In photography, what is the biggest challenge you have faced? I believe the biggest challenge I have faced in regard to photography is creating images that are strong enough to stand out in a world filled with iPhone cameras and Instagram (an online photosharing service). Most importantly, I want to create images I would be proud to hang on the wall of a restaurant, in a gallery, or in the home of an art collector– with their permission of course… in case you were imagining guerilla art hanging.

Bonnie McCarthy

After that, I would say it is simply believing in myself and putting my work– and therefore, myself– “out there.”

Is there a special technique or

What artists have influenced you? I am grateful for the inspiration of so many artists. I am thankful for Grandma Moses and all the artists who picked up their first pencils, or brushes or cameras later in life, then learned their craft and followed their passion.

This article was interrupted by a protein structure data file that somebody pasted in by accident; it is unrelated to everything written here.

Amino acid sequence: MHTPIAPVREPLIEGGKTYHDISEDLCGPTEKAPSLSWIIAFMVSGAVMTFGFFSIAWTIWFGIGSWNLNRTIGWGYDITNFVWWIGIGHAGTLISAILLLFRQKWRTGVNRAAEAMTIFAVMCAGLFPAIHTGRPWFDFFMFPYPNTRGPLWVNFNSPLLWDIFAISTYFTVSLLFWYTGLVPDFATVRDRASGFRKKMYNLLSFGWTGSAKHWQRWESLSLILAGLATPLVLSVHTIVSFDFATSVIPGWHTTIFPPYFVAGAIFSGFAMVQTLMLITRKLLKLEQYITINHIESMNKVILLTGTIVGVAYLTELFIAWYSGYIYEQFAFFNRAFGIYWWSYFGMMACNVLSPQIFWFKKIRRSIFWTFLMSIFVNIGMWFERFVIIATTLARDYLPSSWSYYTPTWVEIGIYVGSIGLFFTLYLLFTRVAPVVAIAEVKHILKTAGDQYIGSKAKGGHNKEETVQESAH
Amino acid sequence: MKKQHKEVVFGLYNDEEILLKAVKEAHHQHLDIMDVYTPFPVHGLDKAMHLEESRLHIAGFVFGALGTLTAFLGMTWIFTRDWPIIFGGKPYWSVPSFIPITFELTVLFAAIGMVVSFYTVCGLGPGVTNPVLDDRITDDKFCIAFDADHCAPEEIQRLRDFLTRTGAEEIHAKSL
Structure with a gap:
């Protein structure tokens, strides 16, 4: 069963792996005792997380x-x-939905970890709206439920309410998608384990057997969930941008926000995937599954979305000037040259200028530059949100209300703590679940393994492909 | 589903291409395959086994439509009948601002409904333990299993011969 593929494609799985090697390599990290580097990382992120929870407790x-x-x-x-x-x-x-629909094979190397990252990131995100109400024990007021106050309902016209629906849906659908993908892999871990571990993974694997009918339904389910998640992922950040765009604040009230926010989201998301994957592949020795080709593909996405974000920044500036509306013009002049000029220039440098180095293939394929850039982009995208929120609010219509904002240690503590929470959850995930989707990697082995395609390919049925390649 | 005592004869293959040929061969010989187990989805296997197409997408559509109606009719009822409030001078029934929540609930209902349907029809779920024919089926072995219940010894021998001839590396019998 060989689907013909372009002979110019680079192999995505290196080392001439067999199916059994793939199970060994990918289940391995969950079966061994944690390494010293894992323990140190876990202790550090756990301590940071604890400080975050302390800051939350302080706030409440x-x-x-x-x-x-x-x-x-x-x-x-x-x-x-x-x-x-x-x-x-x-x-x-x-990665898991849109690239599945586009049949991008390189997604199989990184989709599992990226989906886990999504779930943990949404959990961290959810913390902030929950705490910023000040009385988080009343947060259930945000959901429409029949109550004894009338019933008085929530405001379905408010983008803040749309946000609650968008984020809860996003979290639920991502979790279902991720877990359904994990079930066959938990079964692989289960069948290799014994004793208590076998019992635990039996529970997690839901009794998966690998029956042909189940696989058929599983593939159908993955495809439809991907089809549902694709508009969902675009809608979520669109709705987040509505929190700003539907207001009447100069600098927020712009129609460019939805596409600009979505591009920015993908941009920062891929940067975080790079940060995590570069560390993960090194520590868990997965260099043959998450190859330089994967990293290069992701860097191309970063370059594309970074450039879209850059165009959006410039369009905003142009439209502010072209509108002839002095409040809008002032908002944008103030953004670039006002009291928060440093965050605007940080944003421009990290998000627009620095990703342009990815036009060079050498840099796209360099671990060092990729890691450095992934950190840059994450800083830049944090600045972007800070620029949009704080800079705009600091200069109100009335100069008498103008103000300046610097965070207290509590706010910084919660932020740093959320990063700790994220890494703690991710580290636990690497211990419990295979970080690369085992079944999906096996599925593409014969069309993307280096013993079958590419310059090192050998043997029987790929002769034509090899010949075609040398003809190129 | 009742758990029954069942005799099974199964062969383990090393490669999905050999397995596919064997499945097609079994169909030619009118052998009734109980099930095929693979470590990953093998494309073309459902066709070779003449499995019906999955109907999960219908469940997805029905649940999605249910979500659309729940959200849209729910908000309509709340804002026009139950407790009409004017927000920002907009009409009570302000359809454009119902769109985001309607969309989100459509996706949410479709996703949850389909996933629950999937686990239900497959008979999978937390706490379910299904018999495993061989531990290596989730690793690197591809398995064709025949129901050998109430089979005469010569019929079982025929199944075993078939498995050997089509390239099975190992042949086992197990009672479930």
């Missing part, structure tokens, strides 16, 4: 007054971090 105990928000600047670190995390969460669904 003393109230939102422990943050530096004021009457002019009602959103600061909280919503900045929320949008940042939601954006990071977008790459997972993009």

11

“Love Letters” by Bonnie McCarthy

I am inspired by William Wegman, the photographer who got his start right here in Long Beach and rose to worldwide popularity for photographing his beloved Weimaraner dogs– if I could just get my dog to sit still. I am also inspired by the imagery of Margaret Bourke-White, Annie Leibovitz, Scott Schuman and Bill Cunningham. Honestly, the list goes on, although I don’t

think you have to be famous to inspire someone, or to create something absolutely amazing that may never see the inside of a gallery or museum. In fact, the most inspiring people perhaps are the anonymous ones who don’t let that stop them. I hope I’m in that category. One of my favorite quotes is by Pablo Picasso, who said, “Every see ARTIST page 14

In the Studio

“Sand and Fog” by Bonnie McCarthy

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12 SIGNAL TRIBUNE DEPARTMENT oF THE TREASURER AND TAX CollECToR

Notice of Divided Publication